Wyoming Rep. Liz Cheney

In this Dec. 17, 2019 file photo, Rep. Liz Cheney, R-Wyo., speaks with reporters at the Capitol in Washington. Cheney condemned today's violence in the U.S. capitol and criticized President Donald Trump's response. 

Representative Liz Cheney, R-Wyo, reproached President Donald Trump on national television Wednesday afternoon after the president made a video statement on Twitter calling for "peace" while repeating his claim that the election was "stolen" and telling protestors who stormed the U.S. Capitol "we love you."

"We have very deep and clear political differences in this country, but we don't resolve those differences by mob violence, and it doesn't matter what side of those issues you stand on," Cheney told NBC news. "The President of the United States' statement, now, in my view was completely inadequate. What he has done and what he has caused here is something that we've never seen before in our history.

"It's been 245 years," Cheney continued. "And no president has ever failed to concede or agree to leave office after the electoral college has voted."

Wyoming U.S. Sen. Cynthia Lummis condemned pro-Trump protestors who stormed the U.S. Capitol Wednesday afternoon as the U.S. House and Senate met to certify President-Elect Joe Biden's November Electoral College victory.

"Call it what it is: An attack on the Capitol is an attack on democracy," Lummis tweeted Wednesday afternoon. "Today we are trying to use the democratic process to address grievances. This violence inhibits our ability to do that. Violent protests were unacceptable this summer and are unacceptable now."

Lummis had earlier said she planned to object to the Electoral College vote, joining about a dozen other senators in doing so. The senator's letter cited distrust in the electoral system, which arose after President Donald Trump and his supporters made repeated, unsubstantiated claims of voter fraud in statements and court filings. The U.S. Supreme Court declined to hear those cases, and courts threw out the Trump legal team's lawsuits. Federal election officials said the November election was "the most secure in American history," and U.S. Attorney General William P. Barr said the Justice Department had found no evidence of fraud "on a scale that could have effected a different outcome in the election."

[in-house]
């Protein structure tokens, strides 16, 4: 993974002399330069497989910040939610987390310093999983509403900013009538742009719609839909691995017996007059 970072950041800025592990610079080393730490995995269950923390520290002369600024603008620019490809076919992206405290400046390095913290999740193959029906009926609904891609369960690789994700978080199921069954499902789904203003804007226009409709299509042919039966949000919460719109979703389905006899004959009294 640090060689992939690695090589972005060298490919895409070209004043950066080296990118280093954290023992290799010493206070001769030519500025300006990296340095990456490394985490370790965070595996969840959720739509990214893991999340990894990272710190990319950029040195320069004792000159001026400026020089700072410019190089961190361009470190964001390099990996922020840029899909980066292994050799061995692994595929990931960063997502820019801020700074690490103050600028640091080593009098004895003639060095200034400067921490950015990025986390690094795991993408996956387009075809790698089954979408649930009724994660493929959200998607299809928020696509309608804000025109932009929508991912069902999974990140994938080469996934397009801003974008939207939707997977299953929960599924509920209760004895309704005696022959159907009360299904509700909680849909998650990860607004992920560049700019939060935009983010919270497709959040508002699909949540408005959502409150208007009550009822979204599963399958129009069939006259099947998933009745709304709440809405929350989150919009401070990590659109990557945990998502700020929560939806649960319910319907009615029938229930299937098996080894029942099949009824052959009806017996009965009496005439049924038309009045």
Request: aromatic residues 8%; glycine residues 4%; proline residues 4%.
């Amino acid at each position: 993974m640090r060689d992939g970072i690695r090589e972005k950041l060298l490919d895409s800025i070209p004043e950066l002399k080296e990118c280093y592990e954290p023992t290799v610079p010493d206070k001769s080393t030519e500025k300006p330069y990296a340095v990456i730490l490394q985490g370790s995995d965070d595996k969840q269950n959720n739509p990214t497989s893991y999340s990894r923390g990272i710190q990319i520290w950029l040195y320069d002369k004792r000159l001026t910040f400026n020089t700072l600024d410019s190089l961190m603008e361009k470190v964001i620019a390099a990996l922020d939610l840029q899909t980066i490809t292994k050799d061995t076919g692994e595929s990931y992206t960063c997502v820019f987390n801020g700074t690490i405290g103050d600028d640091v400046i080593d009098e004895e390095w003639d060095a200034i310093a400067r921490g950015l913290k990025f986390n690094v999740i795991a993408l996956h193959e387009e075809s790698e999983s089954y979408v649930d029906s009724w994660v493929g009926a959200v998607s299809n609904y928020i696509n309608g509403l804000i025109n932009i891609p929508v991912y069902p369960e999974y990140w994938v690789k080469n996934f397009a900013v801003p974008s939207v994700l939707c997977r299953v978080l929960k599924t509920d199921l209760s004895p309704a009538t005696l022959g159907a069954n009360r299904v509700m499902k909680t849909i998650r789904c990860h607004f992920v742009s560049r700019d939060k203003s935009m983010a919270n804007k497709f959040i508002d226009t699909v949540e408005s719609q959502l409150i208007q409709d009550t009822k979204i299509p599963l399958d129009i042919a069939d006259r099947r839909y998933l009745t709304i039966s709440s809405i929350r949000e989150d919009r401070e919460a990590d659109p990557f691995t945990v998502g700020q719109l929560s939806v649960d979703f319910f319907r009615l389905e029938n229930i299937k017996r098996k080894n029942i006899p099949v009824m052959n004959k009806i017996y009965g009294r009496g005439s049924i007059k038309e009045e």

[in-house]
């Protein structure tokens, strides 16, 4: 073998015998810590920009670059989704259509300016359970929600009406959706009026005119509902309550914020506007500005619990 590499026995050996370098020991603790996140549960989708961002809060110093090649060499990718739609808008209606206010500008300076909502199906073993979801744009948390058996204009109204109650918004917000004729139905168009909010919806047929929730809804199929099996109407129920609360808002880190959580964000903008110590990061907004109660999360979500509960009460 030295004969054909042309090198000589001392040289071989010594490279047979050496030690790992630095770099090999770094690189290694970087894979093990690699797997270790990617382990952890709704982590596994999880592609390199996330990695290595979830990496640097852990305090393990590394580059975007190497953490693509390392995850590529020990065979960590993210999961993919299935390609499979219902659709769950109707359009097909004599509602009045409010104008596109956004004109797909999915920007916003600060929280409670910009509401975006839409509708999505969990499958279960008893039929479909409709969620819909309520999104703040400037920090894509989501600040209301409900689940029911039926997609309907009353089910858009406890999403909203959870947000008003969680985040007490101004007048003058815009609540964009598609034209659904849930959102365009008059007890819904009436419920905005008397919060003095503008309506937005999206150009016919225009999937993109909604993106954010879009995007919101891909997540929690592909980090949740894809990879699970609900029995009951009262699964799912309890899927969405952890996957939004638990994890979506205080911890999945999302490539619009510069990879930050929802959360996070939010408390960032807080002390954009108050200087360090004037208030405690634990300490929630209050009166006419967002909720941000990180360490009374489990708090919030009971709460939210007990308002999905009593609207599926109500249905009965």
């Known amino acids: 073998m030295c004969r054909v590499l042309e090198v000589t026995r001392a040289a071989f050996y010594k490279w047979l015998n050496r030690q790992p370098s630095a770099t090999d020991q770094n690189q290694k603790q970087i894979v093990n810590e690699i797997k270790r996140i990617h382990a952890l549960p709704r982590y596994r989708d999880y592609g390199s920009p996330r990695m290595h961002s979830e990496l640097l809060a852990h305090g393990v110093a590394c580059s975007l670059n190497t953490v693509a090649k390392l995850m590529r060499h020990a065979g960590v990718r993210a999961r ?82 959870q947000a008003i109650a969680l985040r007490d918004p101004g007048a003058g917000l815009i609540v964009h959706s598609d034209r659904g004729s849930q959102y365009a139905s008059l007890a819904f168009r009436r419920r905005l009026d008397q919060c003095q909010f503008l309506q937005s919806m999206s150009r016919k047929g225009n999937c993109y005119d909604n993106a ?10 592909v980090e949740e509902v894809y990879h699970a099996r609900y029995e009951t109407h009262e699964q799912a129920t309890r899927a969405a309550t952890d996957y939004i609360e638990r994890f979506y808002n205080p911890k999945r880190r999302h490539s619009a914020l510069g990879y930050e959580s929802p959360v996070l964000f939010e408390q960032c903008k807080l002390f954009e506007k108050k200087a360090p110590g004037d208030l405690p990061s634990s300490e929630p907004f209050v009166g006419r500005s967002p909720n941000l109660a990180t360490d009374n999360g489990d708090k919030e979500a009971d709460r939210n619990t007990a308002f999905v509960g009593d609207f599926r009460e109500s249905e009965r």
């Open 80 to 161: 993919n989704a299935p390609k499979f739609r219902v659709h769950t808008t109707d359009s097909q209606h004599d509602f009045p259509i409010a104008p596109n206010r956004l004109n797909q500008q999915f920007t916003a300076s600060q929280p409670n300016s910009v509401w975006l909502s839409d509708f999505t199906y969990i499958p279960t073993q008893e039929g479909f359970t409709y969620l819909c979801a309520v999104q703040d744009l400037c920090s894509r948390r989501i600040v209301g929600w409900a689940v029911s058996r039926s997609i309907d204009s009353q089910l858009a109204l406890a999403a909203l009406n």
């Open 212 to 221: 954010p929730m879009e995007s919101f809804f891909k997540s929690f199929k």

Lummis, who was sworn in on Jan. 3, was the only member of Wyoming's federal delegation who intended to object to the Electoral College vote confirming President-Elect Joe Biden's win. Sen. John Barrasso and Rep. Liz Cheney both said they would respect the results of the vote. Outgoing Sen. Mike Enzi, whom Lummis is replacing, said he respected the results of the vote, as well.

"This violence and destruction have no place in our republic. It must end now," Barrasso said on Twitter Wednesday afternoon, joining his fellow Wyoming delegates in condemning the Capitol storming. 

Kristin Walker, who left Jackson Hole to serve as Lummis' chief of staff, said the senator and her staff were safe for the time being.

"The DC staff are all sheltered in place," she said. "Cynthia was with all the other senators and was moved to an undisclosed location, but they're all safe right now."

Contact Billy Arnold at 732-7063 or barnold@jhnewsandguide.com.

Teton County Reporter

Previously the Scene editor, Billy Arnold made the switch to the county beat where he's interested in exploring Teton County as a model for the rest of the West. When he can, he still writes about art, music and whatever else suits his fancy.

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